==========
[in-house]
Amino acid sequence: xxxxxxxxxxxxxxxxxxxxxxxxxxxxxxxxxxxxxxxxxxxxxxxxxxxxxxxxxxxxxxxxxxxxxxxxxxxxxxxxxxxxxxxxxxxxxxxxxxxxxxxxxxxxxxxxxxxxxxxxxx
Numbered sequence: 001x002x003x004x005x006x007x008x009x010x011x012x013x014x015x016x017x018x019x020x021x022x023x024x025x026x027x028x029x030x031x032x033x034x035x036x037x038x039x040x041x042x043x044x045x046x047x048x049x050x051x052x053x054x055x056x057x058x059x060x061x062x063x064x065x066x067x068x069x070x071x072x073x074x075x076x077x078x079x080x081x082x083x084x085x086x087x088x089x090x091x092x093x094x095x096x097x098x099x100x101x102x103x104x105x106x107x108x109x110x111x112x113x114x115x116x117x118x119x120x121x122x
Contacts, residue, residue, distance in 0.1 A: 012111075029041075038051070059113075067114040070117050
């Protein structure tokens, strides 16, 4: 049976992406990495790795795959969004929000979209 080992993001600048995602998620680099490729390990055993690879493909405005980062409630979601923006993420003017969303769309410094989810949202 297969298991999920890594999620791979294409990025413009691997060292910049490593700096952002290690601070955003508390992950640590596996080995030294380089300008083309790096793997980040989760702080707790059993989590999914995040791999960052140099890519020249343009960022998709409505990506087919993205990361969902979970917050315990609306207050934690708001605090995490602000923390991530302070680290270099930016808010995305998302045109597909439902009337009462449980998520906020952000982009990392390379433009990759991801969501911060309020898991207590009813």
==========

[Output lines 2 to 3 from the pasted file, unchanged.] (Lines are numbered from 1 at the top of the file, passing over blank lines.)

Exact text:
Amino acid sequence: xxxxxxxxxxxxxxxxxxxxxxxxxxxxxxxxxxxxxxxxxxxxxxxxxxxxxxxxxxxxxxxxxxxxxxxxxxxxxxxxxxxxxxxxxxxxxxxxxxxxxxxxxxxxxxxxxxxxxxxxxx
Numbered sequence: 001x002x003x004x005x006x007x008x009x010x011x012x013x014x015x016x017x018x019x020x021x022x023x024x025x026x027x028x029x030x031x032x033x034x035x036x037x038x039x040x041x042x043x044x045x046x047x048x049x050x051x052x053x054x055x056x057x058x059x060x061x062x063x064x065x066x067x068x069x070x071x072x073x074x075x076x077x078x079x080x081x082x083x084x085x086x087x088x089x090x091x092x093x094x095x096x097x098x099x100x101x102x103x104x105x106x107x108x109x110x111x112x113x114x115x116x117x118x119x120x121x122x